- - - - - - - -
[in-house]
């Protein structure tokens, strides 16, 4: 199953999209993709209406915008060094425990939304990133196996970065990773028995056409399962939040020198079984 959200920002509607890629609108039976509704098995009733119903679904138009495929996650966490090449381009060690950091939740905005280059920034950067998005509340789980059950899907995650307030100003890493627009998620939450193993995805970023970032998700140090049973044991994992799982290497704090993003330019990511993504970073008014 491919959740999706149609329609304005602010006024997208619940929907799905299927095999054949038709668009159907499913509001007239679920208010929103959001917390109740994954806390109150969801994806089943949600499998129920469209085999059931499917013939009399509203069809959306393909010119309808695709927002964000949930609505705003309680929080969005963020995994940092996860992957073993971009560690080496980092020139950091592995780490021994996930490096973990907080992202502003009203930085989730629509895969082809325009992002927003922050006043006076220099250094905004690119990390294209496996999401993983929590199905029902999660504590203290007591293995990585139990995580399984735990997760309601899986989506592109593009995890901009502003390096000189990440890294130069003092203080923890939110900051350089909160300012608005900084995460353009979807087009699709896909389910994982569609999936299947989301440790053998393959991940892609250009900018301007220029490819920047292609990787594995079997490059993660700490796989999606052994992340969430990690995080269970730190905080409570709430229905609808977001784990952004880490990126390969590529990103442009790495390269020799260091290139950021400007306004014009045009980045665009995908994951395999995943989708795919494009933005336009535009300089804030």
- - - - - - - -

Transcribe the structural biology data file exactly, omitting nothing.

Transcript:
[in-house]
């Protein structure tokens, strides 16, 4: 199953999209993709209406915008060094425990939304990133196996970065990773028995056409399962939040020198079984 959200920002509607890629609108039976509704098995009733119903679904138009495929996650966490090449381009060690950091939740905005280059920034950067998005509340789980059950899907995650307030100003890493627009998620939450193993995805970023970032998700140090049973044991994992799982290497704090993003330019990511993504970073008014 491919959740999706149609329609304005602010006024997208619940929907799905299927095999054949038709668009159907499913509001007239679920208010929103959001917390109740994954806390109150969801994806089943949600499998129920469209085999059931499917013939009399509203069809959306393909010119309808695709927002964000949930609505705003309680929080969005963020995994940092996860992957073993971009560690080496980092020139950091592995780490021994996930490096973990907080992202502003009203930085989730629509895969082809325009992002927003922050006043006076220099250094905004690119990390294209496996999401993983929590199905029902999660504590203290007591293995990585139990995580399984735990997760309601899986989506592109593009995890901009502003390096000189990440890294130069003092203080923890939110900051350089909160300012608005900084995460353009979807087009699709896909389910994982569609999936299947989301440790053998393959991940892609250009900018301007220029490819920047292609990787594995079997490059993660700490796989999606052994992340969430990690995080269970730190905080409570709430229905609808977001784990952004880490990126390969590529990103442009790495390269020799260091290139950021400007306004014009045009980045665009995908994951395999995943989708795919494009933005336009535009300089804030």